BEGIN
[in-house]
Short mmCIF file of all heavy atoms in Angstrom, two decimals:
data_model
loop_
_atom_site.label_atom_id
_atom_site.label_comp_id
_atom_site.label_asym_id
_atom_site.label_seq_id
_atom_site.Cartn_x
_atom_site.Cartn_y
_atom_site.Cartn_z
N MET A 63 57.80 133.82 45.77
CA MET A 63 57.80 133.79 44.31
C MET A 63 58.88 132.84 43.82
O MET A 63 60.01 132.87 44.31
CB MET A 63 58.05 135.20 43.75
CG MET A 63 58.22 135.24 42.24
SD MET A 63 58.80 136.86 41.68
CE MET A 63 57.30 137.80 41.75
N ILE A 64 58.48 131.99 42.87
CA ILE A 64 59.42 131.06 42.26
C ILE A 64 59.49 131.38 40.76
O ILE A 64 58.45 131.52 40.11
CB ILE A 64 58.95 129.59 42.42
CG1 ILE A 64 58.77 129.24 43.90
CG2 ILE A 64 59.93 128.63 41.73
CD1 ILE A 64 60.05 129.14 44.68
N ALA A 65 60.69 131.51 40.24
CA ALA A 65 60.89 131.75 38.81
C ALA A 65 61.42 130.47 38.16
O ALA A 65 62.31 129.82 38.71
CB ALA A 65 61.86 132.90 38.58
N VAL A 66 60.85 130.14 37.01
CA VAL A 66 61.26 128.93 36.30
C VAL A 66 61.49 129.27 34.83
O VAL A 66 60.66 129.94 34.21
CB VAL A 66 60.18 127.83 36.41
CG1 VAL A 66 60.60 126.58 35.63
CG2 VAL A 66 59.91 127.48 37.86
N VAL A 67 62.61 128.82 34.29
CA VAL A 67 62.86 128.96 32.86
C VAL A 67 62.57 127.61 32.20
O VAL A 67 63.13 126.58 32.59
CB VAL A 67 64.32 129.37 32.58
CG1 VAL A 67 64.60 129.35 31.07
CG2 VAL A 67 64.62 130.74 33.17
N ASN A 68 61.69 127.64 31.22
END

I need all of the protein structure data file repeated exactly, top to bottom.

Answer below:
[in-house]
Short mmCIF file of all heavy atoms in Angstrom, two decimals:
data_model
loop_
_atom_site.label_atom_id
_atom_site.label_comp_id
_atom_site.label_asym_id
_atom_site.label_seq_id
_atom_site.Cartn_x
_atom_site.Cartn_y
_atom_site.Cartn_z
N MET A 63 57.80 133.82 45.77
CA MET A 63 57.80 133.79 44.31
C MET A 63 58.88 132.84 43.82
O MET A 63 60.01 132.87 44.31
CB MET A 63 58.05 135.20 43.75
CG MET A 63 58.22 135.24 42.24
SD MET A 63 58.80 136.86 41.68
CE MET A 63 57.30 137.80 41.75
N ILE A 64 58.48 131.99 42.87
CA ILE A 64 59.42 131.06 42.26
C ILE A 64 59.49 131.38 40.76
O ILE A 64 58.45 131.52 40.11
CB ILE A 64 58.95 129.59 42.42
CG1 ILE A 64 58.77 129.24 43.90
CG2 ILE A 64 59.93 128.63 41.73
CD1 ILE A 64 60.05 129.14 44.68
N ALA A 65 60.69 131.51 40.24
CA ALA A 65 60.89 131.75 38.81
C ALA A 65 61.42 130.47 38.16
O ALA A 65 62.31 129.82 38.71
CB ALA A 65 61.86 132.90 38.58
N VAL A 66 60.85 130.14 37.01
CA VAL A 66 61.26 128.93 36.30
C VAL A 66 61.49 129.27 34.83
O VAL A 66 60.66 129.94 34.21
CB VAL A 66 60.18 127.83 36.41
CG1 VAL A 66 60.60 126.58 35.63
CG2 VAL A 66 59.91 127.48 37.86
N VAL A 67 62.61 128.82 34.29
CA VAL A 67 62.86 128.96 32.86
C VAL A 67 62.57 127.61 32.20
O VAL A 67 63.13 126.58 32.59
CB VAL A 67 64.32 129.37 32.58
CG1 VAL A 67 64.60 129.35 31.07
CG2 VAL A 67 64.62 130.74 33.17
N ASN A 68 61.69 127.64 31.22